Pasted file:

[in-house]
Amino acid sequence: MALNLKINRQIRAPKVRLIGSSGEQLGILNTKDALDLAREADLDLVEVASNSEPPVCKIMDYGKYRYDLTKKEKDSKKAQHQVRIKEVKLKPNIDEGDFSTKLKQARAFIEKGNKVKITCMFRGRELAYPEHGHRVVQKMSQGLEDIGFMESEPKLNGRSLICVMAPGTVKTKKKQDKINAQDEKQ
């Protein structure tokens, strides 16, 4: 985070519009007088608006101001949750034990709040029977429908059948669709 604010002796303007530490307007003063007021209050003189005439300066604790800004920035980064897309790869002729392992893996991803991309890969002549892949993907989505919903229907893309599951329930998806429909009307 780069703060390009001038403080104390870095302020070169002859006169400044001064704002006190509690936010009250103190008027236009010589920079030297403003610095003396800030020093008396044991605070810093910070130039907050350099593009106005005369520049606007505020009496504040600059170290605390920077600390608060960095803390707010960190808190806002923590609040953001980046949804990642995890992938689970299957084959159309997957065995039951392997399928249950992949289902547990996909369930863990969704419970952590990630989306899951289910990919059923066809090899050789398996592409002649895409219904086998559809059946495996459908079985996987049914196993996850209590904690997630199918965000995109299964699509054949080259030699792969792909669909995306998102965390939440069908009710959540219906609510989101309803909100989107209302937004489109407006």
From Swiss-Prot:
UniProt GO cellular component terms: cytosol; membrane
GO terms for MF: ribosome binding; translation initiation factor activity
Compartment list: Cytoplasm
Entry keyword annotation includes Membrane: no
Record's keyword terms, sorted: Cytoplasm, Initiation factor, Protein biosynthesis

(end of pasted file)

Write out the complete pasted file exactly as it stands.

[in-house]
Amino acid sequence: MALNLKINRQIRAPKVRLIGSSGEQLGILNTKDALDLAREADLDLVEVASNSEPPVCKIMDYGKYRYDLTKKEKDSKKAQHQVRIKEVKLKPNIDEGDFSTKLKQARAFIEKGNKVKITCMFRGRELAYPEHGHRVVQKMSQGLEDIGFMESEPKLNGRSLICVMAPGTVKTKKKQDKINAQDEKQ
């Protein structure tokens, strides 16, 4: 985070519009007088608006101001949750034990709040029977429908059948669709 604010002796303007530490307007003063007021209050003189005439300066604790800004920035980064897309790869002729392992893996991803991309890969002549892949993907989505919903229907893309599951329930998806429909009307 780069703060390009001038403080104390870095302020070169002859006169400044001064704002006190509690936010009250103190008027236009010589920079030297403003610095003396800030020093008396044991605070810093910070130039907050350099593009106005005369520049606007505020009496504040600059170290605390920077600390608060960095803390707010960190808190806002923590609040953001980046949804990642995890992938689970299957084959159309997957065995039951392997399928249950992949289902547990996909369930863990969704419970952590990630989306899951289910990919059923066809090899050789398996592409002649895409219904086998559809059946495996459908079985996987049914196993996850209590904690997630199918965000995109299964699509054949080259030699792969792909669909995306998102965390939440069908009710959540219906609510989101309803909100989107209302937004489109407006």
From Swiss-Prot:
UniProt GO cellular component terms: cytosol; membrane
GO terms for MF: ribosome binding; translation initiation factor activity
Compartment list: Cytoplasm
Entry keyword annotation includes Membrane: no
Record's keyword terms, sorted: Cytoplasm, Initiation factor, Protein biosynthesis